Riva Grill Cook Competes In The World's Toughest Mudder For His Third Year In A Row
Not only is Riva Grill's very own Ryan Duin a stellar and devoted cook, he is competing in his third World's Toughest Mudder this Saturday in Las Vegas, NV. With his top 20 finish in last year's event with minimal training, there is a solid chance that a place on the podium will belong to Duin this year. On behalf of the Riva Grill, we are sending him off this week to the World's Toughest Mudder with tons of love, support and energy as he vies for first - the place he will be to us no matter what the outcome.
Ryan was nice enough to sit down and answer a few questions for us so we could get a glimpse into what the road has been like to train and compete in the toughest 24 hour corse in the world. Here's what he had to say:
How many Tough/Toughest Mudders have you done?
RD: I have only participated in one Tough Mudder. That was the "Tahoe Northstar 2012" as a goal for shoulder surgery rehabilitation. I then participated in World's Toughest 2012 and again in 2013. Despite having a season pass to all events this year, I didn't make it to any regular Tough Mudders.
How have you trained for this year's competition?
RD: My Father, Larry, took a great interest in my training this year and we decided together to use the Tahoe Rim Trail, or TRT, as training grounds. With a goal of breaking the unsupported record of 58hrs 45min, we ran different sections after work and on weekends at least twice a week. This helped with getting used to greater distance running as well as staying active for 24hrs+ as World's Toughest requires. Our attempt was thwarted by gastro-intestinal issues that developed with my father around mile 40. we were able to push on to 80+ miles before giving in around the 24hr mark. We will continue to train and try again next year.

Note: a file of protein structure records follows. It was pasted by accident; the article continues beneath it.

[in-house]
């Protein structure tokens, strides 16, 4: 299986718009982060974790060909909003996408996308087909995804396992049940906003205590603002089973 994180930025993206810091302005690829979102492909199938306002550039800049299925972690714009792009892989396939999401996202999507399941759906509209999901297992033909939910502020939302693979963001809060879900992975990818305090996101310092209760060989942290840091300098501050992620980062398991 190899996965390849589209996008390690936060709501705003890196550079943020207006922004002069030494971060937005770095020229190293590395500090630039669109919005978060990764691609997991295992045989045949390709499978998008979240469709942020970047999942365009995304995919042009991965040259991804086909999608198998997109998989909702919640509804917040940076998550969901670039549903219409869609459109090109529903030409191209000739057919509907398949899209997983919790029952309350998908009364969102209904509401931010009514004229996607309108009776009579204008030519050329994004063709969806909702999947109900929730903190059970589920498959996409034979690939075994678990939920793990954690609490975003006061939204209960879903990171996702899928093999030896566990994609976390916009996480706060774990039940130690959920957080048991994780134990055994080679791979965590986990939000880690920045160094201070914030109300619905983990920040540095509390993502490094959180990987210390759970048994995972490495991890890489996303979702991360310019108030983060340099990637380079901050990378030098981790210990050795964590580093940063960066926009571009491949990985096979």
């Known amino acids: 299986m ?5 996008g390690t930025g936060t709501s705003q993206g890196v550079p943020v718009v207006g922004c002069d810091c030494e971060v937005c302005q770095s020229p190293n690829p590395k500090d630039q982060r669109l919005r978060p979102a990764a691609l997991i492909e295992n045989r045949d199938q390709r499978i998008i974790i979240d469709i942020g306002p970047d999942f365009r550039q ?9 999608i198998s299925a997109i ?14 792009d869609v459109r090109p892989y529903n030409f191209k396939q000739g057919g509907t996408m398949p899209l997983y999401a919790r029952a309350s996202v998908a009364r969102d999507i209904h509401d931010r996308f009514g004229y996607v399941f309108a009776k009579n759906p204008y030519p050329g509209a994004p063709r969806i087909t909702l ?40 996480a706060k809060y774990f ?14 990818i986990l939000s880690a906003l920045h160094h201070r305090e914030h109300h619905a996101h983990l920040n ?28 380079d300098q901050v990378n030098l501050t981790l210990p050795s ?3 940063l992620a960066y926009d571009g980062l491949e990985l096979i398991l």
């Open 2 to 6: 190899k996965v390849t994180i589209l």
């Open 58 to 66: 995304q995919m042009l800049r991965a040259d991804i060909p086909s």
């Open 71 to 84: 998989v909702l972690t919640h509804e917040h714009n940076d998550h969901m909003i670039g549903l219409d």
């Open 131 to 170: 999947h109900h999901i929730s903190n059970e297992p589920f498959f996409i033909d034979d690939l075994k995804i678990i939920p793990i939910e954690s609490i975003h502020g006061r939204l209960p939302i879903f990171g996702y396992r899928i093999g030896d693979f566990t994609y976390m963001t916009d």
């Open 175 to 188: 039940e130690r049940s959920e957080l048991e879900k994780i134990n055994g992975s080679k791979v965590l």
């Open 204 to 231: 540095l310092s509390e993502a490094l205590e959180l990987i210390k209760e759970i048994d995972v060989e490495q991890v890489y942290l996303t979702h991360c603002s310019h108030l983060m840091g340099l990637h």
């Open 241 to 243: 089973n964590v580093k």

What made you decide to do World's Toughest Mudder?
RD: Having completed the Northstar course relatively fast, and feeling like I could have been more challenged, I looked for more. I discovered that once a year they hold the Worlds Toughest Mudder. This strongly appealed to me as I enjoy testing both my physical and mental abilities. There are at least 1,200 others who have discovered they have a knack for enduring and a somewhat masochistic love for exhaustion. World's Toughest Mudder promised to be the most challenging thing I, and the others, had ever encountered. The sense of camaraderie you feel on the course is amazing for a competition. When your giving all you've got for that long, your only competition is your mind telling you to stop. Some obstacles are nearly impossible after 10 laps. The "we're in this together" attitude is something that is hard to find in competition, and after WTM 2012 I was hooked. Challenge beyond what you could dream up for yourself with a field of competitors that will pull you up and then race you to the finish line. Its an amazing event.
What is your least favorite part or has been the biggest obstacle for you to overcome?
RD: My least favorite part of every year is the uncertainty I feel as the race approaches. Did I train hard enough? Do I have the right gear, diet, and plan? So much can go wrong. I learned a great deal from both of the previous years, and feel a greater sense of confidence facing this years course, but you have to be prepared for anything.
How do you think training for such a big competition strengthens other areas of your life such as work, relationships and your self confidence?
RD: It is very beneficial in all aspects of my life. My lifestyle becomes much healthier as I eat better, sleep more, and avoid partying, which used to be an outlet for my energy. I learn about myself daily as i reach new benchmarks. This year in particular I trained much harder since I quit smoking the week after WTM last year. I have discovered a healthier me that is capable of much more than I knew possible. Although I have always felt fit, I never knew how much proper training can improve ability, and in turn, confidence. Having these goals has kept me moving in a direction I desire, and as I succeed or fail, I learn to keep improving. That improvement brings other positive aspects of my life to attention. You cant help but develop a habit of looking at every aspect of your life with the same attitude.
What, if anything, is next after Toughest Mudder 2014?
RD: After this years WTM, I plan on resting and healing, but then training again for other races and goals. I think I want to try Ultra-running. I have entered the lottery to participate in next years Tahoe 200, a 200 mile race that uses much of the TRT. I also am determined to break the unsupported record on the Tahoe Rim Trail.
To get a visual into what Duin is about to embark on, check out this short video documentary that gives a gut wrenching look into the 2013 World's Toughest Mudder.
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